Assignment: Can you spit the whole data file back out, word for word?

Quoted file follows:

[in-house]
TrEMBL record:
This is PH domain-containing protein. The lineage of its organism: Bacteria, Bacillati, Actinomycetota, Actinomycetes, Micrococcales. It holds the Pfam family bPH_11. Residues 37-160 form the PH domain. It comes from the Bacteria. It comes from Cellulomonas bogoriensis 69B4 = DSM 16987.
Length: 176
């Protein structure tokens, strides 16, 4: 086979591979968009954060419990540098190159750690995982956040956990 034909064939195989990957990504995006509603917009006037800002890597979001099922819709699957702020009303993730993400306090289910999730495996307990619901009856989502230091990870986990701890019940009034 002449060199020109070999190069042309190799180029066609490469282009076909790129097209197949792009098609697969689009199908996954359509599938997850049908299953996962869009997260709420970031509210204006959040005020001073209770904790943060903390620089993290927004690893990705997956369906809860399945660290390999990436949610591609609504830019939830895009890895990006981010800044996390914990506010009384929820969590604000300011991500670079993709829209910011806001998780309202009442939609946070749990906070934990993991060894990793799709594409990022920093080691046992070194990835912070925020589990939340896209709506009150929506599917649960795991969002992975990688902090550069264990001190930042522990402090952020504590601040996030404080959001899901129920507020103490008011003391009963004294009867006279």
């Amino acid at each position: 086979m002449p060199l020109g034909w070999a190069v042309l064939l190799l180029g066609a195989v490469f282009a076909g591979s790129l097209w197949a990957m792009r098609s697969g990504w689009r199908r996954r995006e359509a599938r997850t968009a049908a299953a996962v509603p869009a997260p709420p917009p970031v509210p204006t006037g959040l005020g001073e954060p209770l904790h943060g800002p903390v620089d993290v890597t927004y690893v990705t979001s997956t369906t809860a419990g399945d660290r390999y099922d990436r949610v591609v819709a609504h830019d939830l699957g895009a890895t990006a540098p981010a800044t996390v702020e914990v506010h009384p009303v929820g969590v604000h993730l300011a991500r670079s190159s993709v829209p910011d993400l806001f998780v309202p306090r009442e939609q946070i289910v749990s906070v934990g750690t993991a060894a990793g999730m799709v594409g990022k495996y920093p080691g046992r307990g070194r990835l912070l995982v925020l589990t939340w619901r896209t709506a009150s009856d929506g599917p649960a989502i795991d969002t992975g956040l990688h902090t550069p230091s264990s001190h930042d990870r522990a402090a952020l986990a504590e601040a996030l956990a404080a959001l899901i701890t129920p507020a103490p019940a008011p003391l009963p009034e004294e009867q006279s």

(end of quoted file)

[in-house]
TrEMBL record:
This is PH domain-containing protein. The lineage of its organism: Bacteria, Bacillati, Actinomycetota, Actinomycetes, Micrococcales. It holds the Pfam family bPH_11. Residues 37-160 form the PH domain. It comes from the Bacteria. It comes from Cellulomonas bogoriensis 69B4 = DSM 16987.
Length: 176
């Protein structure tokens, strides 16, 4: 086979591979968009954060419990540098190159750690995982956040956990 034909064939195989990957990504995006509603917009006037800002890597979001099922819709699957702020009303993730993400306090289910999730495996307990619901009856989502230091990870986990701890019940009034 002449060199020109070999190069042309190799180029066609490469282009076909790129097209197949792009098609697969689009199908996954359509599938997850049908299953996962869009997260709420970031509210204006959040005020001073209770904790943060903390620089993290927004690893990705997956369906809860399945660290390999990436949610591609609504830019939830895009890895990006981010800044996390914990506010009384929820969590604000300011991500670079993709829209910011806001998780309202009442939609946070749990906070934990993991060894990793799709594409990022920093080691046992070194990835912070925020589990939340896209709506009150929506599917649960795991969002992975990688902090550069264990001190930042522990402090952020504590601040996030404080959001899901129920507020103490008011003391009963004294009867006279």
């Amino acid at each position: 086979m002449p060199l020109g034909w070999a190069v042309l064939l190799l180029g066609a195989v490469f282009a076909g591979s790129l097209w197949a990957m792009r098609s697969g990504w689009r199908r996954r995006e359509a599938r997850t968009a049908a299953a996962v509603p869009a997260p709420p917009p970031v509210p204006t006037g959040l005020g001073e954060p209770l904790h943060g800002p903390v620089d993290v890597t927004y690893v990705t979001s997956t369906t809860a419990g399945d660290r390999y099922d990436r949610v591609v819709a609504h830019d939830l699957g895009a890895t990006a540098p981010a800044t996390v702020e914990v506010h009384p009303v929820g969590v604000h993730l300011a991500r670079s190159s993709v829209p910011d993400l806001f998780v309202p306090r009442e939609q946070i289910v749990s906070v934990g750690t993991a060894a990793g999730m799709v594409g990022k495996y920093p080691g046992r307990g070194r990835l912070l995982v925020l589990t939340w619901r896209t709506a009150s009856d929506g599917p649960a989502i795991d969002t992975g956040l990688h902090t550069p230091s264990s001190h930042d990870r522990a402090a952020l986990a504590e601040a996030l956990a404080a959001l899901i701890t129920p507020a103490p019940a008011p003391l009963p009034e004294e009867q006279s």